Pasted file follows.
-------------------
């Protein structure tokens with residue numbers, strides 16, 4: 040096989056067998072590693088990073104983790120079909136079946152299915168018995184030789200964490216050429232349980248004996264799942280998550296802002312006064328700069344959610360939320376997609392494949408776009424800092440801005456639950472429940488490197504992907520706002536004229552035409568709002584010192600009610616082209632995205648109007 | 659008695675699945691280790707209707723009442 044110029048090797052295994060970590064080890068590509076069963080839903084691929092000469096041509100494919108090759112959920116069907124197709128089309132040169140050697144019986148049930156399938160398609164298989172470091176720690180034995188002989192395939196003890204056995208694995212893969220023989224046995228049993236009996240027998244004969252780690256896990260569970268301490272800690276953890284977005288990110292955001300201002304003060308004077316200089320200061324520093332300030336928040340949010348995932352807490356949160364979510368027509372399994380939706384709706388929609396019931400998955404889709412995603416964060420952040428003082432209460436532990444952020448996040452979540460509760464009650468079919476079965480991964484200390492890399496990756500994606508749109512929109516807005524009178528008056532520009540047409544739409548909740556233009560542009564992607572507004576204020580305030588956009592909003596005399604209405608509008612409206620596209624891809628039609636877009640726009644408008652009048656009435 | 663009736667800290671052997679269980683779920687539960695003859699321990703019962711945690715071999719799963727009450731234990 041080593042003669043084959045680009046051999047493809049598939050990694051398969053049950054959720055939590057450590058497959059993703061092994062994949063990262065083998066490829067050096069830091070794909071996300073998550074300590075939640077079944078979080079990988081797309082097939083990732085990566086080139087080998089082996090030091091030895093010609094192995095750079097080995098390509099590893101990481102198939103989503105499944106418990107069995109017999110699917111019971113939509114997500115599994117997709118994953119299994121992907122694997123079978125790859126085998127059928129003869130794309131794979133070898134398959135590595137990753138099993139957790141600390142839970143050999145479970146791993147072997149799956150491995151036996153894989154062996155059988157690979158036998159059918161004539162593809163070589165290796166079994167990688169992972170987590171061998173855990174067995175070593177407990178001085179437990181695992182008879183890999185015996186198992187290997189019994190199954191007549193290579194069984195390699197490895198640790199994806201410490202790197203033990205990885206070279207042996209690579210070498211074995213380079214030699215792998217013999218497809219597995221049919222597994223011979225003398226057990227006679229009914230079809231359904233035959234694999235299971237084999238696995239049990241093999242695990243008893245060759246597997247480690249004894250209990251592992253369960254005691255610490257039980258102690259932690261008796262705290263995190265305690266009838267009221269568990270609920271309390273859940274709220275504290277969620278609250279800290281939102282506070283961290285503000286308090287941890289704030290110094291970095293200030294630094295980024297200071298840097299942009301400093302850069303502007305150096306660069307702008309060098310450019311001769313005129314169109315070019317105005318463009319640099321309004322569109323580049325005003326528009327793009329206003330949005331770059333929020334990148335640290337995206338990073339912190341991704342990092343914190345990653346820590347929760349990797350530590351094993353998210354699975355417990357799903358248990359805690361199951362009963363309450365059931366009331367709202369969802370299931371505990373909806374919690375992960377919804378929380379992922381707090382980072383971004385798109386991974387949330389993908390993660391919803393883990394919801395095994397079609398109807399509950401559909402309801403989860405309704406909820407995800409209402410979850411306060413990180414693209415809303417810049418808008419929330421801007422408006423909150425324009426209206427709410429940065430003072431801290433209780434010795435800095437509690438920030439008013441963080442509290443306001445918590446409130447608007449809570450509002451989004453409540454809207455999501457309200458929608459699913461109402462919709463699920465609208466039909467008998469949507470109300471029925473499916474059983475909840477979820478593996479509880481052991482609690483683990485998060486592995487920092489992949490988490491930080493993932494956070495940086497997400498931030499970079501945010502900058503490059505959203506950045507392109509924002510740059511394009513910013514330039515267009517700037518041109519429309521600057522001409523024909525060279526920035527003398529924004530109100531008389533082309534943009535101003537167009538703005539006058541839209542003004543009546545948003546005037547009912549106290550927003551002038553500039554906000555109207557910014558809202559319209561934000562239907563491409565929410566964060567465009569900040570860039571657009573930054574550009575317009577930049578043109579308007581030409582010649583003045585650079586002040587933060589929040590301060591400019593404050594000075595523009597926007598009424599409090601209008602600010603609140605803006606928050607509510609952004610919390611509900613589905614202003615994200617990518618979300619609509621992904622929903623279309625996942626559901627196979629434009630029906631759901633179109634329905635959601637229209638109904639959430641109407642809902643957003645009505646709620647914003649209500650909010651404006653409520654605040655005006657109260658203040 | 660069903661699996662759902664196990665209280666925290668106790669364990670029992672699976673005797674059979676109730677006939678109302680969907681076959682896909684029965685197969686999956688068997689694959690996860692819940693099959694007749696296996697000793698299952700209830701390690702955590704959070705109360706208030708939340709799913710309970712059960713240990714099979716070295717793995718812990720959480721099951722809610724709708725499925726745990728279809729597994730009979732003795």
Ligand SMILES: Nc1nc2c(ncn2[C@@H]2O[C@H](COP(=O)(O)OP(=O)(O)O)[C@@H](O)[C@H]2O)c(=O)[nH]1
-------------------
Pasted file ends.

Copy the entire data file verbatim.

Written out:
């Protein structure tokens with residue numbers, strides 16, 4: 040096989056067998072590693088990073104983790120079909136079946152299915168018995184030789200964490216050429232349980248004996264799942280998550296802002312006064328700069344959610360939320376997609392494949408776009424800092440801005456639950472429940488490197504992907520706002536004229552035409568709002584010192600009610616082209632995205648109007 | 659008695675699945691280790707209707723009442 044110029048090797052295994060970590064080890068590509076069963080839903084691929092000469096041509100494919108090759112959920116069907124197709128089309132040169140050697144019986148049930156399938160398609164298989172470091176720690180034995188002989192395939196003890204056995208694995212893969220023989224046995228049993236009996240027998244004969252780690256896990260569970268301490272800690276953890284977005288990110292955001300201002304003060308004077316200089320200061324520093332300030336928040340949010348995932352807490356949160364979510368027509372399994380939706384709706388929609396019931400998955404889709412995603416964060420952040428003082432209460436532990444952020448996040452979540460509760464009650468079919476079965480991964484200390492890399496990756500994606508749109512929109516807005524009178528008056532520009540047409544739409548909740556233009560542009564992607572507004576204020580305030588956009592909003596005399604209405608509008612409206620596209624891809628039609636877009640726009644408008652009048656009435 | 663009736667800290671052997679269980683779920687539960695003859699321990703019962711945690715071999719799963727009450731234990 041080593042003669043084959045680009046051999047493809049598939050990694051398969053049950054959720055939590057450590058497959059993703061092994062994949063990262065083998066490829067050096069830091070794909071996300073998550074300590075939640077079944078979080079990988081797309082097939083990732085990566086080139087080998089082996090030091091030895093010609094192995095750079097080995098390509099590893101990481102198939103989503105499944106418990107069995109017999110699917111019971113939509114997500115599994117997709118994953119299994121992907122694997123079978125790859126085998127059928129003869130794309131794979133070898134398959135590595137990753138099993139957790141600390142839970143050999145479970146791993147072997149799956150491995151036996153894989154062996155059988157690979158036998159059918161004539162593809163070589165290796166079994167990688169992972170987590171061998173855990174067995175070593177407990178001085179437990181695992182008879183890999185015996186198992187290997189019994190199954191007549193290579194069984195390699197490895198640790199994806201410490202790197203033990205990885206070279207042996209690579210070498211074995213380079214030699215792998217013999218497809219597995221049919222597994223011979225003398226057990227006679229009914230079809231359904233035959234694999235299971237084999238696995239049990241093999242695990243008893245060759246597997247480690249004894250209990251592992253369960254005691255610490257039980258102690259932690261008796262705290263995190265305690266009838267009221269568990270609920271309390273859940274709220275504290277969620278609250279800290281939102282506070283961290285503000286308090287941890289704030290110094291970095293200030294630094295980024297200071298840097299942009301400093302850069303502007305150096306660069307702008309060098310450019311001769313005129314169109315070019317105005318463009319640099321309004322569109323580049325005003326528009327793009329206003330949005331770059333929020334990148335640290337995206338990073339912190341991704342990092343914190345990653346820590347929760349990797350530590351094993353998210354699975355417990357799903358248990359805690361199951362009963363309450365059931366009331367709202369969802370299931371505990373909806374919690375992960377919804378929380379992922381707090382980072383971004385798109386991974387949330389993908390993660391919803393883990394919801395095994397079609398109807399509950401559909402309801403989860405309704406909820407995800409209402410979850411306060413990180414693209415809303417810049418808008419929330421801007422408006423909150425324009426209206427709410429940065430003072431801290433209780434010795435800095437509690438920030439008013441963080442509290443306001445918590446409130447608007449809570450509002451989004453409540454809207455999501457309200458929608459699913461109402462919709463699920465609208466039909467008998469949507470109300471029925473499916474059983475909840477979820478593996479509880481052991482609690483683990485998060486592995487920092489992949490988490491930080493993932494956070495940086497997400498931030499970079501945010502900058503490059505959203506950045507392109509924002510740059511394009513910013514330039515267009517700037518041109519429309521600057522001409523024909525060279526920035527003398529924004530109100531008389533082309534943009535101003537167009538703005539006058541839209542003004543009546545948003546005037547009912549106290550927003551002038553500039554906000555109207557910014558809202559319209561934000562239907563491409565929410566964060567465009569900040570860039571657009573930054574550009575317009577930049578043109579308007581030409582010649583003045585650079586002040587933060589929040590301060591400019593404050594000075595523009597926007598009424599409090601209008602600010603609140605803006606928050607509510609952004610919390611509900613589905614202003615994200617990518618979300619609509621992904622929903623279309625996942626559901627196979629434009630029906631759901633179109634329905635959601637229209638109904639959430641109407642809902643957003645009505646709620647914003649209500650909010651404006653409520654605040655005006657109260658203040 | 660069903661699996662759902664196990665209280666925290668106790669364990670029992672699976673005797674059979676109730677006939678109302680969907681076959682896909684029965685197969686999956688068997689694959690996860692819940693099959694007749696296996697000793698299952700209830701390690702955590704959070705109360706208030708939340709799913710309970712059960713240990714099979716070295717793995718812990720959480721099951722809610724709708725499925726745990728279809729597994730009979732003795």
Ligand SMILES: Nc1nc2c(ncn2[C@@H]2O[C@H](COP(=O)(O)OP(=O)(O)O)[C@@H](O)[C@H]2O)c(=O)[nH]1